Understanding Ethanol-Related Fuel Problems
Written by: Biker Chad
We all have seen the signs and stickers on gas pumps everywhere stating that there is 10-15% ethanol added to our gasoline. This mixture is often referred to as E10 or “gasohol”. We usually just fill up our gas tanks and go, not ever giving a thought to what effects burning the added ethanol in our engines may have. Does ethanol damage engines? Do you lose power, performance, and MPG with ethanol? I have been asked these questions and many more at our bike shop numerous times. In this article I will try to answer these questions and tell you how to combat ethanol related engine problems.
Why is ethanol added to our fuel in the first place?
The answer to this question goes back to amendments made to the “Clean Air Act” in 1990. This amendment mandated that gasoline be oxygenated to cut down on Carbon Monoxide emissions. The first additive that was used to do this was Methyl Tertiary Butyl Ether (MBTE). MBTE had a very strong turpentine smell and it turned out to be proven to contaminate ground water. Little is known about the long term health hazards from exposure to MBTE contamination in our water. MBTE had been used for this as early as 1979 in some states as a replacement for the lead in leaded gasoline, however due to MBTE polluting ground water, it was replaced by ethanol around the year 2000. I worked at a small engine repair shop when MBTE was added to our gasoline. Our shop went from one full time mechanic to three mechanics working overtime to keep up with repairing damaged engines. It should be noted that gasoline with MBTE and gasoline with ethanol should not be mixed, as this can cause precipitates that clog fuel filters and carburetors.
Are there positive effects of ethanol in our gasoline?
Additives like MBTE or ethanol are used as an oxygenator in gasoline. Adding an oxygenate like MBTE or ethanol into gasoline reduces carbon monoxide emissions, thus reducing pollution, but this reduction in pollution is really only noticed in engines that have a carburetor and are not computer controlled by a “closed loop” EFI computer system. Any vehicle that has Electronic Fuel Injection (EFI) uses at least one oxygen sensor to analyze the exhaust, allowing the vehicle’s computer to make adjustments to control emissions, so they benefit very little from an ethanol mixed fuel as far as an emissions reduction goes. The main reason our fuel continues to be mixed with ethanol actually stems from the Bush administration’s push to reduce America’s dependency on foreign oil. 10% ethanol was added to dilute gasoline, which cut down on the amount of gasoline consumed, thereby reducing the amount of foreign oil we consumed.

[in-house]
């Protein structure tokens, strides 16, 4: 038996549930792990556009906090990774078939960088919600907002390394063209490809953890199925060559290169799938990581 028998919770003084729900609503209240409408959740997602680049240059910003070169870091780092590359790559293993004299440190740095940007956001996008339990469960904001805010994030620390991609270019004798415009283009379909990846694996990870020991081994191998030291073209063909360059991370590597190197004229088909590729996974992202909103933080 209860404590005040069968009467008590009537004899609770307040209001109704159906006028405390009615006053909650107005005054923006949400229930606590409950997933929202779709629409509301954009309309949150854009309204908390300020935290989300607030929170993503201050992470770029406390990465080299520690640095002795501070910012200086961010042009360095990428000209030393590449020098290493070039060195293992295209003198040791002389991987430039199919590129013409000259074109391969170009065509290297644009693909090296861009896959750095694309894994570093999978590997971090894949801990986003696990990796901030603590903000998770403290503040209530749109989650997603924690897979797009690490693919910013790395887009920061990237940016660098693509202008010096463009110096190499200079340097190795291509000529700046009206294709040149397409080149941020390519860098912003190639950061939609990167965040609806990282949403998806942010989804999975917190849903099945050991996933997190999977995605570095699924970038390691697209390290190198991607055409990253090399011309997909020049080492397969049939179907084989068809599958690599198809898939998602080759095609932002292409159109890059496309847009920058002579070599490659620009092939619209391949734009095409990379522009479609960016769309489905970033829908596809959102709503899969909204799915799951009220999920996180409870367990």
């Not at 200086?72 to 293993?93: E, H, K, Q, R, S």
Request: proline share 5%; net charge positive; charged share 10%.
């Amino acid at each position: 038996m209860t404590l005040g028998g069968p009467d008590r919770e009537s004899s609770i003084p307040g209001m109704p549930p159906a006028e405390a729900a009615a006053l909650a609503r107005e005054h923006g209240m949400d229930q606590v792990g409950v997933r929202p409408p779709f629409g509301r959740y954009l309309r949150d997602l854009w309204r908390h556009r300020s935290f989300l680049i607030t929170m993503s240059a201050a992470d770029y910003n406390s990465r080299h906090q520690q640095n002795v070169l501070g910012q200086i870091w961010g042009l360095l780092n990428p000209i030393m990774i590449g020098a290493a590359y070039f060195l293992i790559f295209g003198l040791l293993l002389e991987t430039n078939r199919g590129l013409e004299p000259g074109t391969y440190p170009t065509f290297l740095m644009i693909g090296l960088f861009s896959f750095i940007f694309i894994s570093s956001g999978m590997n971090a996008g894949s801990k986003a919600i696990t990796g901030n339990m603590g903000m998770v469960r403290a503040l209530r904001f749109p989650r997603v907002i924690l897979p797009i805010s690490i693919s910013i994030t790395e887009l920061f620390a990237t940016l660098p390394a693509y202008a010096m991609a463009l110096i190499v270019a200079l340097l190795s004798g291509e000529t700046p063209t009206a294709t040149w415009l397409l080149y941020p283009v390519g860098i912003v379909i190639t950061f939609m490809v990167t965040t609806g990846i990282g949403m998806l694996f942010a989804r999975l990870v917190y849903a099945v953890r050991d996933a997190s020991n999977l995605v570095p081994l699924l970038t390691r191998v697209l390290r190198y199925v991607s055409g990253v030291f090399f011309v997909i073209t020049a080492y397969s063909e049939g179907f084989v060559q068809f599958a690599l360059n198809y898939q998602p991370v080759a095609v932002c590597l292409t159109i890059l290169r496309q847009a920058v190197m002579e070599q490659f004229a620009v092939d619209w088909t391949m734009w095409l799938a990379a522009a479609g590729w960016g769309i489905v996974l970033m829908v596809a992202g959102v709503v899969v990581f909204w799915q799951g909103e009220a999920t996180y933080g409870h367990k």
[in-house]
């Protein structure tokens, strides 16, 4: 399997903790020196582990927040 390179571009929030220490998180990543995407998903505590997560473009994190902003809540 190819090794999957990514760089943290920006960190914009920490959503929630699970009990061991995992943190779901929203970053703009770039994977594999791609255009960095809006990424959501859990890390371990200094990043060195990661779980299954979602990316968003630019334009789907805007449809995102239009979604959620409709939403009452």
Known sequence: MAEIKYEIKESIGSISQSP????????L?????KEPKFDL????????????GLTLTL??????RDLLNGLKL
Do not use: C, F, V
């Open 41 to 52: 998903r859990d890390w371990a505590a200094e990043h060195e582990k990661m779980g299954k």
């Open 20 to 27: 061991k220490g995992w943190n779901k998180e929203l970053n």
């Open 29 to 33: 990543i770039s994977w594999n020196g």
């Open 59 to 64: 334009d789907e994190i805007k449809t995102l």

What are the negative effects of using ethanol in our engines?
There are four major problems that I know of from ethanol in our gasoline;
Debris in fuel/premature fuel breakdown
It is almost impossible to empty all of the fuel from any engine system, so there is always old fuel somewhere in any fuel system. Straight gasoline starts to deteriorate around 30-60 days, and ethanol fuels break down even faster than straight gasoline. When gasoline breaks down, it leaves gum and varnish in fuel tanks, fuel lines, carburetors, etc. Ethanol happens to be a great cleaner of gums, varnishes, dirt and the rust that water in the fuel creates. That is why ethanol is used in almost every bottle of carb/injector cleaner on the market.
So when you fill up your tank, you introduce fresh ethanol that runs through your fuel system and dissolves the deposits, releasing all that crud to run through your engine’s fuel system, clogging fuel filters, injectors and carburetors. Clogged fuel filters will drop fuel pressure, telling the regulator to work the electric fuel pump harder to keep the fuel pressure up. This in turn burns out fuel pumps. Gummed up carburetors and fuel injectors all lead to poor performance and all of this leads to hefty repair bills. Considering you never really know how long the E10 sits at the refinery in a holding tank, before it gets transported to the pump station to sit in the underground storage tank, just to be purchased by you to sit in your tank before being burned in the engine, break down of the E10 gasohol fuel can be a real issue.
Water in fuel
Pure gasoline does not absorb water but ethanol will. Ethanol is hydrophilic, this means that it pulls moisture from the air and bonds with it. In ideal conditions, E10 gasohol will keep roughly .5% water by volume suspended in gasoline. Our fuel tanks and fuel storage cans are hardly ideal conditions as they need to be vented, allowing the ethanol to absorb more moisture from the atmosphere or in the form of condensation. Ethanol never truly bonds with gasoline molecules, it is a loose mixture at best, so when the threshold of .5% water is exceeded or the E10 gasohol mixture cools off every night, the water/ethanol solution falls out of suspension in the gasoline. Oil and gasoline float on water as they are lighter than water, so the water/ethanol mixture will stay at the bottom of your fuel tank.
The process of the water and ethanol separating from the gasoline and sinking to the bottom is called “Phase Separation”. Phase Separation is a real problem because when the water from the bottom of the tank is sucked up and sent to the engine it causes a lean condition, raising the engine temperature causing valve damage as well as damage to carburetors and fuel lines. Electronic fuel injection pumps pull fuel from the bottom of the tanks where the ethanol/water mix stays, and water doesn’t burn well in the engine, leading to premature engine/fuel system corrosion and poor engine performance. To top it off, ethanol and water mix in E10 gasoline is a breeding ground for microbes like bacteria and fungi, which just adds to the corrosion and debris in your fuel system.